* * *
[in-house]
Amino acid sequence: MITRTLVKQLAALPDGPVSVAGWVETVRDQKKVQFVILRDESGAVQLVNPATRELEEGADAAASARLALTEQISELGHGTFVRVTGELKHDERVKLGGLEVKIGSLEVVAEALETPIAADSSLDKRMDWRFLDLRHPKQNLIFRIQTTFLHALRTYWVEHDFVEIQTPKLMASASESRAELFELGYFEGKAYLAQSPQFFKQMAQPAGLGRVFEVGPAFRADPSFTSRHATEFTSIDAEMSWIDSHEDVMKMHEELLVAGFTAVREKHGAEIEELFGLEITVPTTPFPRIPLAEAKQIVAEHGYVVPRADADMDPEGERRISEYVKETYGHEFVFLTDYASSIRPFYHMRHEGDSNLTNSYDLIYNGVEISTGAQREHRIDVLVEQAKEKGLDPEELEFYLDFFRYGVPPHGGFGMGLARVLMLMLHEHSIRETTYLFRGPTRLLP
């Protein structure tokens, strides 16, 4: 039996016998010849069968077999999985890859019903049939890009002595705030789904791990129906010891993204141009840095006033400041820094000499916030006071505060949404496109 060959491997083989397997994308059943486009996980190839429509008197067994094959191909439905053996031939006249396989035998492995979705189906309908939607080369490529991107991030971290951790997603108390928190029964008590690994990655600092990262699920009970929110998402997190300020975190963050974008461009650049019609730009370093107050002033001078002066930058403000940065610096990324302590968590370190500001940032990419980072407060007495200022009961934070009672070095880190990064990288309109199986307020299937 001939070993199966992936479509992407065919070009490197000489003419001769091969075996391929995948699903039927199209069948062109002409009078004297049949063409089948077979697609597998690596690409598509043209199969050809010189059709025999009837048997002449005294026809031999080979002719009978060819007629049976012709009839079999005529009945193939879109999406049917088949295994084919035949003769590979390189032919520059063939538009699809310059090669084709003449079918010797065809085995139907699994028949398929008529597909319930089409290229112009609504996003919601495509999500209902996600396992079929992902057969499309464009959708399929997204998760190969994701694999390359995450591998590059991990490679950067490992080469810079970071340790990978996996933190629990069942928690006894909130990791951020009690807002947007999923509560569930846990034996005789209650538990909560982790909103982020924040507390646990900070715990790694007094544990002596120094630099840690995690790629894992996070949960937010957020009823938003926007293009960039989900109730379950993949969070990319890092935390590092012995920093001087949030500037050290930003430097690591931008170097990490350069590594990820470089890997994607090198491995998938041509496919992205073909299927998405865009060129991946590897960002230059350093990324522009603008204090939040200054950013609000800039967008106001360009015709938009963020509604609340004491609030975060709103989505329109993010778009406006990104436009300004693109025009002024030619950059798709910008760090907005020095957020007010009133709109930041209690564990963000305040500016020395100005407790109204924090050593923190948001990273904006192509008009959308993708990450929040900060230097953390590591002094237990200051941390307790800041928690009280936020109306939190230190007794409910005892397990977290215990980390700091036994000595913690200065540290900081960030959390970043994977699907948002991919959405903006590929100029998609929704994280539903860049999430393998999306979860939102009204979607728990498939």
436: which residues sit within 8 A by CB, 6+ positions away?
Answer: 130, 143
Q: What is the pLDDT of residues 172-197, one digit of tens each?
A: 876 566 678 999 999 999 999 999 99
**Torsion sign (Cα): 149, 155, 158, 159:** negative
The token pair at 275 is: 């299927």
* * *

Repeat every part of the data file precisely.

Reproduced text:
[in-house]
Amino acid sequence: MITRTLVKQLAALPDGPVSVAGWVETVRDQKKVQFVILRDESGAVQLVNPATRELEEGADAAASARLALTEQISELGHGTFVRVTGELKHDERVKLGGLEVKIGSLEVVAEALETPIAADSSLDKRMDWRFLDLRHPKQNLIFRIQTTFLHALRTYWVEHDFVEIQTPKLMASASESRAELFELGYFEGKAYLAQSPQFFKQMAQPAGLGRVFEVGPAFRADPSFTSRHATEFTSIDAEMSWIDSHEDVMKMHEELLVAGFTAVREKHGAEIEELFGLEITVPTTPFPRIPLAEAKQIVAEHGYVVPRADADMDPEGERRISEYVKETYGHEFVFLTDYASSIRPFYHMRHEGDSNLTNSYDLIYNGVEISTGAQREHRIDVLVEQAKEKGLDPEELEFYLDFFRYGVPPHGGFGMGLARVLMLMLHEHSIRETTYLFRGPTRLLP
């Protein structure tokens, strides 16, 4: 039996016998010849069968077999999985890859019903049939890009002595705030789904791990129906010891993204141009840095006033400041820094000499916030006071505060949404496109 060959491997083989397997994308059943486009996980190839429509008197067994094959191909439905053996031939006249396989035998492995979705189906309908939607080369490529991107991030971290951790997603108390928190029964008590690994990655600092990262699920009970929110998402997190300020975190963050974008461009650049019609730009370093107050002033001078002066930058403000940065610096990324302590968590370190500001940032990419980072407060007495200022009961934070009672070095880190990064990288309109199986307020299937 001939070993199966992936479509992407065919070009490197000489003419001769091969075996391929995948699903039927199209069948062109002409009078004297049949063409089948077979697609597998690596690409598509043209199969050809010189059709025999009837048997002449005294026809031999080979002719009978060819007629049976012709009839079999005529009945193939879109999406049917088949295994084919035949003769590979390189032919520059063939538009699809310059090669084709003449079918010797065809085995139907699994028949398929008529597909319930089409290229112009609504996003919601495509999500209902996600396992079929992902057969499309464009959708399929997204998760190969994701694999390359995450591998590059991990490679950067490992080469810079970071340790990978996996933190629990069942928690006894909130990791951020009690807002947007999923509560569930846990034996005789209650538990909560982790909103982020924040507390646990900070715990790694007094544990002596120094630099840690995690790629894992996070949960937010957020009823938003926007293009960039989900109730379950993949969070990319890092935390590092012995920093001087949030500037050290930003430097690591931008170097990490350069590594990820470089890997994607090198491995998938041509496919992205073909299927998405865009060129991946590897960002230059350093990324522009603008204090939040200054950013609000800039967008106001360009015709938009963020509604609340004491609030975060709103989505329109993010778009406006990104436009300004693109025009002024030619950059798709910008760090907005020095957020007010009133709109930041209690564990963000305040500016020395100005407790109204924090050593923190948001990273904006192509008009959308993708990450929040900060230097953390590591002094237990200051941390307790800041928690009280936020109306939190230190007794409910005892397990977290215990980390700091036994000595913690200065540290900081960030959390970043994977699907948002991919959405903006590929100029998609929704994280539903860049999430393998999306979860939102009204979607728990498939």
436: which residues sit within 8 A by CB, 6+ positions away?
Answer: 130, 143
Q: What is the pLDDT of residues 172-197, one digit of tens each?
A: 876 566 678 999 999 999 999 999 99
**Torsion sign (Cα): 149, 155, 158, 159:** negative
The token pair at 275 is: 């299927």